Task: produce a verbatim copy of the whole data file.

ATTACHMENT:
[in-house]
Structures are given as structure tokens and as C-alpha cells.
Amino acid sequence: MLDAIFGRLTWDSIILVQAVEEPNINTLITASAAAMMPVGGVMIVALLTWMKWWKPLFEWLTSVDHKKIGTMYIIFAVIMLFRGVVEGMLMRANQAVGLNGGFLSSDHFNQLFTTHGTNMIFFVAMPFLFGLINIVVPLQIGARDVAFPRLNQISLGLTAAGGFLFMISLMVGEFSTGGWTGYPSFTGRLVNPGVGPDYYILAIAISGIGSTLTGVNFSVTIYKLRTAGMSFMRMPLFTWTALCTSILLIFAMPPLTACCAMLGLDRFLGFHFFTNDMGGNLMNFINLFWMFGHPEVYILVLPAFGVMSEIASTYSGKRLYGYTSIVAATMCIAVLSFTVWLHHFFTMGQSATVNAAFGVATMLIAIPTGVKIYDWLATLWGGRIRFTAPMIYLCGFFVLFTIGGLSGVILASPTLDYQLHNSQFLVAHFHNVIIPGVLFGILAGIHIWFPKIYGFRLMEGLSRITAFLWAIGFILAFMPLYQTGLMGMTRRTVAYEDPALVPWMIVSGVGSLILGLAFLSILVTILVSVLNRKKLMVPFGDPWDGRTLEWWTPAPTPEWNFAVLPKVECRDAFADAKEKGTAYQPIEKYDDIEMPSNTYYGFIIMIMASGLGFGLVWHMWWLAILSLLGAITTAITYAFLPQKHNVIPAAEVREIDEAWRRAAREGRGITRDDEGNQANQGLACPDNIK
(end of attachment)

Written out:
[in-house]
Structures are given as structure tokens and as C-alpha cells.
Amino acid sequence: MLDAIFGRLTWDSIILVQAVEEPNINTLITASAAAMMPVGGVMIVALLTWMKWWKPLFEWLTSVDHKKIGTMYIIFAVIMLFRGVVEGMLMRANQAVGLNGGFLSSDHFNQLFTTHGTNMIFFVAMPFLFGLINIVVPLQIGARDVAFPRLNQISLGLTAAGGFLFMISLMVGEFSTGGWTGYPSFTGRLVNPGVGPDYYILAIAISGIGSTLTGVNFSVTIYKLRTAGMSFMRMPLFTWTALCTSILLIFAMPPLTACCAMLGLDRFLGFHFFTNDMGGNLMNFINLFWMFGHPEVYILVLPAFGVMSEIASTYSGKRLYGYTSIVAATMCIAVLSFTVWLHHFFTMGQSATVNAAFGVATMLIAIPTGVKIYDWLATLWGGRIRFTAPMIYLCGFFVLFTIGGLSGVILASPTLDYQLHNSQFLVAHFHNVIIPGVLFGILAGIHIWFPKIYGFRLMEGLSRITAFLWAIGFILAFMPLYQTGLMGMTRRTVAYEDPALVPWMIVSGVGSLILGLAFLSILVTILVSVLNRKKLMVPFGDPWDGRTLEWWTPAPTPEWNFAVLPKVECRDAFADAKEKGTAYQPIEKYDDIEMPSNTYYGFIIMIMASGLGFGLVWHMWWLAILSLLGAITTAITYAFLPQKHNVIPAAEVREIDEAWRRAAREGRGITRDDEGNQANQGLACPDNIK